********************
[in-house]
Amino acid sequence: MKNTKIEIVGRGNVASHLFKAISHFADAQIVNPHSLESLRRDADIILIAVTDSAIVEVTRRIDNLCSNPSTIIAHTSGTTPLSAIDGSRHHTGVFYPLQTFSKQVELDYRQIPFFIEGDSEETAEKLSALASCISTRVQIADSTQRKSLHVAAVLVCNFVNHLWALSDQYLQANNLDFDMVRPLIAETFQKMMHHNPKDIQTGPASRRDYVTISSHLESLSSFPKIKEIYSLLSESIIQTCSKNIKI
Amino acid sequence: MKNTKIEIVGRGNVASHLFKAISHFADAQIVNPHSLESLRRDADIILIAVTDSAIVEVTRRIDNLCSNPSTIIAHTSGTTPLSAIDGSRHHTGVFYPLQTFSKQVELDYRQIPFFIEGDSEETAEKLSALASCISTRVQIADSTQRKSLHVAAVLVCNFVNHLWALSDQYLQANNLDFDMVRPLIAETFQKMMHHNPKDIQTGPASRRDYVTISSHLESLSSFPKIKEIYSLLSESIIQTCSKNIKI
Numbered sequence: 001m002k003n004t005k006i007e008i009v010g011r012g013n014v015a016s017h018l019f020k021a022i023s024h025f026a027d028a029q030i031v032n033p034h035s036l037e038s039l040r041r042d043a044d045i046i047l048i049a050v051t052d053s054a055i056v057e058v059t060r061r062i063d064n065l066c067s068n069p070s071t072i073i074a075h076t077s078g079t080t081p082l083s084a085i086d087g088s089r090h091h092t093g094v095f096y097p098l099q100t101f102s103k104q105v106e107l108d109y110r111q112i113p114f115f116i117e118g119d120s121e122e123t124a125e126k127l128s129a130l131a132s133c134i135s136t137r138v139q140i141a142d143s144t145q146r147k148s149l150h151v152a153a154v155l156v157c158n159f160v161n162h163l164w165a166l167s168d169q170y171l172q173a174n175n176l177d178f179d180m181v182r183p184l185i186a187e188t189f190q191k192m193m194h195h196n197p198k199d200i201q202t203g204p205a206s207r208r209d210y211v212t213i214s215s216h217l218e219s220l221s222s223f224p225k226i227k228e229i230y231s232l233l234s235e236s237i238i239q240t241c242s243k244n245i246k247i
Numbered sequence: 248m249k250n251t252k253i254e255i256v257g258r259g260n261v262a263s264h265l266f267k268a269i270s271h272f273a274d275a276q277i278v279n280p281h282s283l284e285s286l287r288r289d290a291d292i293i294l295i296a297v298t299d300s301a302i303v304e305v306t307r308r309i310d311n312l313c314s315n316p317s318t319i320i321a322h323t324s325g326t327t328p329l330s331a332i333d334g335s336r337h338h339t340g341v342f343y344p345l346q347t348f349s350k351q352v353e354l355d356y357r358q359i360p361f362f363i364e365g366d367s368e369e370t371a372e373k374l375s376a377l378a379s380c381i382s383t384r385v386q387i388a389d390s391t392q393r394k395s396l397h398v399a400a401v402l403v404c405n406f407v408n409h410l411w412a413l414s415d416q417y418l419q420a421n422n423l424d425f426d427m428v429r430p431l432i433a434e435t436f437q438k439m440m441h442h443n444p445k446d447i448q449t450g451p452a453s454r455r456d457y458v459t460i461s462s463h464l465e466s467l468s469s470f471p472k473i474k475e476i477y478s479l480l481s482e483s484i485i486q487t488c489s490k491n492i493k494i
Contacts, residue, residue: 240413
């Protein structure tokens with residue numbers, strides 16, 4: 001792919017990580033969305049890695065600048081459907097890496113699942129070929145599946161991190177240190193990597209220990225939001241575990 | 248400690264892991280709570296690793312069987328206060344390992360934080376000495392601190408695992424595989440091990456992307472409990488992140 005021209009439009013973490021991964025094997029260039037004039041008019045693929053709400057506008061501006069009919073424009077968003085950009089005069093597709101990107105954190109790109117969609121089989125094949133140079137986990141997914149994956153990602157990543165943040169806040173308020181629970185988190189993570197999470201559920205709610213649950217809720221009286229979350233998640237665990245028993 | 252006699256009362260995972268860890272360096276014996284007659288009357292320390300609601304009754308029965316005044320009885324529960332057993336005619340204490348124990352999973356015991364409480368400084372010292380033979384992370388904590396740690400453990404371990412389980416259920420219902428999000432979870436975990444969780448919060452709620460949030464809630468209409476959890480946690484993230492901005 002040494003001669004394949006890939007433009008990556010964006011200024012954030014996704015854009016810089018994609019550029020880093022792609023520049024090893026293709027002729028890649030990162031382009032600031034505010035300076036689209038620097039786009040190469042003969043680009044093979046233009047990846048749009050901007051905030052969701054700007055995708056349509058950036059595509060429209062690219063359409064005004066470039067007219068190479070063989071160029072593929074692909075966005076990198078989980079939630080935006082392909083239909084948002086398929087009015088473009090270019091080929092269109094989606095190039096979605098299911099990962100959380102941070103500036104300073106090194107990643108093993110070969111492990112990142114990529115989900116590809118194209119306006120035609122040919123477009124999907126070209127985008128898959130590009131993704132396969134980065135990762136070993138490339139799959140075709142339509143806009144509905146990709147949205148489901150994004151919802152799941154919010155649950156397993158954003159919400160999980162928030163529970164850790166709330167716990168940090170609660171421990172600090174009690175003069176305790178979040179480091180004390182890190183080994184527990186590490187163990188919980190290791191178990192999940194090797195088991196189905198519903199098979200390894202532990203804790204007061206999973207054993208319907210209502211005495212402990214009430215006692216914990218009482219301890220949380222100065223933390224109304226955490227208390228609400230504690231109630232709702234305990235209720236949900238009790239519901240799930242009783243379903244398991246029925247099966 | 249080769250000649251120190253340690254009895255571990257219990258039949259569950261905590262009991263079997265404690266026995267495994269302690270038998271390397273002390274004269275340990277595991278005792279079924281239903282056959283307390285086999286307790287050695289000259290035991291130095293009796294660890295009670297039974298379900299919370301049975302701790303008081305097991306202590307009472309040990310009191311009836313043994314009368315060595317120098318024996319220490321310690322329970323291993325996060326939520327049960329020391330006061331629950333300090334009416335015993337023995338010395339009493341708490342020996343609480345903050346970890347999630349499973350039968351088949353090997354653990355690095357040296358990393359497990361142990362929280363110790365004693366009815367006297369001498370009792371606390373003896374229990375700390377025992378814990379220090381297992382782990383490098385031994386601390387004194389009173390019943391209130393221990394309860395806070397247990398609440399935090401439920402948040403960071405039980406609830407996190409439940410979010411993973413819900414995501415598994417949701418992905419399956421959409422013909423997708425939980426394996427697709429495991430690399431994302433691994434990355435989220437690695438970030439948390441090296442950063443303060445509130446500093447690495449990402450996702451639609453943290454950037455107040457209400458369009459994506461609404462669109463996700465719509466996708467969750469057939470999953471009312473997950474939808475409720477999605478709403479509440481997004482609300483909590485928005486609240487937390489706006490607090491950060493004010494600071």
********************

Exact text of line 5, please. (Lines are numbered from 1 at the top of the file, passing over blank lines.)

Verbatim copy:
Numbered sequence: 248m249k250n251t252k253i254e255i256v257g258r259g260n261v262a263s264h265l266f267k268a269i270s271h272f273a274d275a276q277i278v279n280p281h282s283l284e285s286l287r288r289d290a291d292i293i294l295i296a297v298t299d300s301a302i303v304e305v306t307r308r309i310d311n312l313c314s315n316p317s318t319i320i321a322h323t324s325g326t327t328p329l330s331a332i333d334g335s336r337h338h339t340g341v342f343y344p345l346q347t348f349s350k351q352v353e354l355d356y357r358q359i360p361f362f363i364e365g366d367s368e369e370t371a372e373k374l375s376a377l378a379s380c381i382s383t384r385v386q387i388a389d390s391t392q393r394k395s396l397h398v399a400a401v402l403v404c405n406f407v408n409h410l411w412a413l414s415d416q417y418l419q420a421n422n423l424d425f426d427m428v429r430p431l432i433a434e435t436f437q438k439m440m441h442h443n444p445k446d447i448q449t450g451p452a453s454r455r456d457y458v459t460i461s462s463h464l465e466s467l468s469s470f471p472k473i474k475e476i477y478s479l480l481s482e483s484i485i486q487t488c489s490k491n492i493k494i